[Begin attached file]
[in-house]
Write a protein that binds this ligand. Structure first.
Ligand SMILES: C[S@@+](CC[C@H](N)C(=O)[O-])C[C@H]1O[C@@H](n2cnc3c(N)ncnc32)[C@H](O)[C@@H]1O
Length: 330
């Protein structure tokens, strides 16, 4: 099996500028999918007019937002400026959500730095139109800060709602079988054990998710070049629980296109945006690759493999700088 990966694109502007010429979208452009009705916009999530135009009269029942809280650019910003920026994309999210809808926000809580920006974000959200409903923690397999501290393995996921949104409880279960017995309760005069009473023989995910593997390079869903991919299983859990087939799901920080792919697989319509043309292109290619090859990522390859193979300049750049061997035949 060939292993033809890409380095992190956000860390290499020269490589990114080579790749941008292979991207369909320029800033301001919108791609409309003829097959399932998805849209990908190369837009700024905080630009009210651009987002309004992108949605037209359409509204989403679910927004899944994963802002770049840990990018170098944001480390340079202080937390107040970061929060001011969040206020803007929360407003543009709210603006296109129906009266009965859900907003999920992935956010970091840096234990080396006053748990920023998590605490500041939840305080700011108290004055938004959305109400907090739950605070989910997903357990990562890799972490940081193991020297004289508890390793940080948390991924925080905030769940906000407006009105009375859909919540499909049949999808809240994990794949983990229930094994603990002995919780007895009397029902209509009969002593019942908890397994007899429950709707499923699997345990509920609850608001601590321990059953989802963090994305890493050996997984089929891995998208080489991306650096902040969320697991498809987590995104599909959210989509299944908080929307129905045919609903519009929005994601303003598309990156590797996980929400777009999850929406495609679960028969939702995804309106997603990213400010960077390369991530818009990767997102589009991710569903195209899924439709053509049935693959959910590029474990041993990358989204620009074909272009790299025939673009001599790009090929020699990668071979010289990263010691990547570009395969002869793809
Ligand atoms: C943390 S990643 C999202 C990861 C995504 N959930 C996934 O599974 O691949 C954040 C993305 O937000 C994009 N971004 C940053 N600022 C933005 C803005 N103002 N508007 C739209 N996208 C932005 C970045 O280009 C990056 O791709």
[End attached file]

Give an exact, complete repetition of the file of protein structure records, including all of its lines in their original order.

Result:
[in-house]
Write a protein that binds this ligand. Structure first.
Ligand SMILES: C[S@@+](CC[C@H](N)C(=O)[O-])C[C@H]1O[C@@H](n2cnc3c(N)ncnc32)[C@H](O)[C@@H]1O
Length: 330
């Protein structure tokens, strides 16, 4: 099996500028999918007019937002400026959500730095139109800060709602079988054990998710070049629980296109945006690759493999700088 990966694109502007010429979208452009009705916009999530135009009269029942809280650019910003920026994309999210809808926000809580920006974000959200409903923690397999501290393995996921949104409880279960017995309760005069009473023989995910593997390079869903991919299983859990087939799901920080792919697989319509043309292109290619090859990522390859193979300049750049061997035949 060939292993033809890409380095992190956000860390290499020269490589990114080579790749941008292979991207369909320029800033301001919108791609409309003829097959399932998805849209990908190369837009700024905080630009009210651009987002309004992108949605037209359409509204989403679910927004899944994963802002770049840990990018170098944001480390340079202080937390107040970061929060001011969040206020803007929360407003543009709210603006296109129906009266009965859900907003999920992935956010970091840096234990080396006053748990920023998590605490500041939840305080700011108290004055938004959305109400907090739950605070989910997903357990990562890799972490940081193991020297004289508890390793940080948390991924925080905030769940906000407006009105009375859909919540499909049949999808809240994990794949983990229930094994603990002995919780007895009397029902209509009969002593019942908890397994007899429950709707499923699997345990509920609850608001601590321990059953989802963090994305890493050996997984089929891995998208080489991306650096902040969320697991498809987590995104599909959210989509299944908080929307129905045919609903519009929005994601303003598309990156590797996980929400777009999850929406495609679960028969939702995804309106997603990213400010960077390369991530818009990767997102589009991710569903195209899924439709053509049935693959959910590029474990041993990358989204620009074909272009790299025939673009001599790009090929020699990668071979010289990263010691990547570009395969002869793809
Ligand atoms: C943390 S990643 C999202 C990861 C995504 N959930 C996934 O599974 O691949 C954040 C993305 O937000 C994009 N971004 C940053 N600022 C933005 C803005 N103002 N508007 C739209 N996208 C932005 C970045 O280009 C990056 O791709």